20 Matches – Day 2 of the 2016 Sarasota Film Festival

Do you like Short Films.. I’m not talking about shorter feature films. I’m talking about short (in terns of time) films. On Day 2 of the 2016 Sarasota Film Festival, I attended one such film.

Now they say that a picture is worth a thousand words. Here is a picture from the film –

in fact, this is both the film’s poster, as well as nearly all the content from the film.

The film is called 20 Matches. It runs for about 10 minutes. The action of the entire film is almost exactly like what we see in the image. Only the camera angles change (albeit slightly) as do the angles in which she holds each burning match. Here is the synopsis of the film, from Cassava Films.

A young woman (Nina Rausch) sits alone in a pitch black room and lights twenty matches, one at a time.

Her face illuminated only by the flame from each match, the woman tells the story of a Viennese serial killer who kidnapped and murdered twenty immigrant women – one per year.

Over 20 years, and each murder involved 20 wooden matches just like the one in the actress’s hand in the image above.

This is not a cheerful film. In fact, the details will make you squirm in your seat. And if you ask me, making the viewer uncomfortable is the point of the film.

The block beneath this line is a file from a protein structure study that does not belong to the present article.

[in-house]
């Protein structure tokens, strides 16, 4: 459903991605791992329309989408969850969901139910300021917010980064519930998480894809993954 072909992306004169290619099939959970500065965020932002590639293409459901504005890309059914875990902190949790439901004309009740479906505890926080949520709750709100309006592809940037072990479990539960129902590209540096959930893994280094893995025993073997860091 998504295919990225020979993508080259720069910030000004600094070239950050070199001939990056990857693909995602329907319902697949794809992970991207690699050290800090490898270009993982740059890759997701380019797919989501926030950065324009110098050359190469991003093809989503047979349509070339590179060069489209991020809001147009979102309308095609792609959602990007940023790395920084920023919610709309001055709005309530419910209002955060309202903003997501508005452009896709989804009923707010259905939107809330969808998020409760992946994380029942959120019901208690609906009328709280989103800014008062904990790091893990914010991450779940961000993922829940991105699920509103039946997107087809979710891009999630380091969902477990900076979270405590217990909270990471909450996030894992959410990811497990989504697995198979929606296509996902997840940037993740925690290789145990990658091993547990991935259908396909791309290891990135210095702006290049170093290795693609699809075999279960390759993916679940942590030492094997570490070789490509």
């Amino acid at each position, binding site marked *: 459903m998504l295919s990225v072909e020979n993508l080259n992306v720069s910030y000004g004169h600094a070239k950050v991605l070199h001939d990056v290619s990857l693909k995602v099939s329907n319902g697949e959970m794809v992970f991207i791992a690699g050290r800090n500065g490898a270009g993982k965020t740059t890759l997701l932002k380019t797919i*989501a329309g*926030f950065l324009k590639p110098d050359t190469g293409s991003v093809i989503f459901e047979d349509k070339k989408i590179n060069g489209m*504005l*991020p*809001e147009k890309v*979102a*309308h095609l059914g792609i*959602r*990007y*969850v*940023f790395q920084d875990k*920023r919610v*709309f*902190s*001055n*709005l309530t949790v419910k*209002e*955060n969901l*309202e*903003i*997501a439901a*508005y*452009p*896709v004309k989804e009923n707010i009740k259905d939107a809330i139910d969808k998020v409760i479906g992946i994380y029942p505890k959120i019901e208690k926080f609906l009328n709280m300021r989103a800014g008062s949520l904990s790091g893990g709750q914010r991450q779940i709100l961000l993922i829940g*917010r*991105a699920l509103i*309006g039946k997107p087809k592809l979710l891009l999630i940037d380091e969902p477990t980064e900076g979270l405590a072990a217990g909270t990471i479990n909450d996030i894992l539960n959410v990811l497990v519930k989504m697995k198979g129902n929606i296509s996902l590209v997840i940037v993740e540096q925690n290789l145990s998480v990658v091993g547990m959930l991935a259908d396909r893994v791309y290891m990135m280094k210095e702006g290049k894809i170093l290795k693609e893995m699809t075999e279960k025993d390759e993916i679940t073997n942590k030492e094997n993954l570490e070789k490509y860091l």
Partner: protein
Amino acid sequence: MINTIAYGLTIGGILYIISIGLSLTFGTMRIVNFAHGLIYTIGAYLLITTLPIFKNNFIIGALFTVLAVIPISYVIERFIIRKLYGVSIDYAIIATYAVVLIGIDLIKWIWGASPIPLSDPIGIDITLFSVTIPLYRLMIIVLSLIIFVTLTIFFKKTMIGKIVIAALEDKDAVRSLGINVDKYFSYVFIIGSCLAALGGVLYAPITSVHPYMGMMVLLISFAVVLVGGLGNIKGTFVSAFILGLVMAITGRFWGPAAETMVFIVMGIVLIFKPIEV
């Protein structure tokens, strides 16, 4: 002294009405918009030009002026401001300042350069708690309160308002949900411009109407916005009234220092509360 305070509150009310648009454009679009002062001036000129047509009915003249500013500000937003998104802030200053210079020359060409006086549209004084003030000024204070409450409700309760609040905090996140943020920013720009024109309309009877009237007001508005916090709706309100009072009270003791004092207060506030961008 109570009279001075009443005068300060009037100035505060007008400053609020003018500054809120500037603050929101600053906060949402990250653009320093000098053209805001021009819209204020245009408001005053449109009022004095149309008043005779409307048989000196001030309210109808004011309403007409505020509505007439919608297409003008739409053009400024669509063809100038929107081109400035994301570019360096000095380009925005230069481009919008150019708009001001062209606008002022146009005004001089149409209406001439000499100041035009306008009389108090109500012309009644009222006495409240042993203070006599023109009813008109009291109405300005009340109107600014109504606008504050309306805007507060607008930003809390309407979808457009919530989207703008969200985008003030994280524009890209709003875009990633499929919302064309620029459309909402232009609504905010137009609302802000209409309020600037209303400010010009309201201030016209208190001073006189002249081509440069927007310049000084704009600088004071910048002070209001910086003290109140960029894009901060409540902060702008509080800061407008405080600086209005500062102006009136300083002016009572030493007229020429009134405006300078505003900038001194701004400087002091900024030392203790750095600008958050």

But here is the rub. There are no other actors in the film. There are no sets and no props aside from the matches that are struck one by one. All of what we hear is the actress’s voice, and the sound of each match being struck. So when we are told of the true horror behind these murders, there’s no way to avoid ‘seeing’ this activity conceptually in our mind’s eye.

And that is why this is indeed a very scary film. Without blood, and also lacking weapons and screams – the story is told to us by this woman on-screen.

The film was written, produced, and directed by Mark Tapio Kines. The auteur got the idea back around 2010. And while he originally intended to make the film in conjunction with another film maker Susanne Wuest, their schedules did not align properly, and so, via crowdfunding, Kines was able to raise about $6,600, which enabled him to make the film himself.

So the film was finally shot in July of 2015, and finished by September of last year. Kines is working to get the film on the festival circuit, and so I was able to see it last night.

There’s no way to write a compelling review of the film. What you see is what you get. But, on the other hand, if you want to let  your imagination run with the idea – then this is indeed, a strong film.

Here is a list of the upcoming (following Sarasota) festival dates for 20 Matches

Have a look at the trailer for the film on Vimeo:

 

 

 

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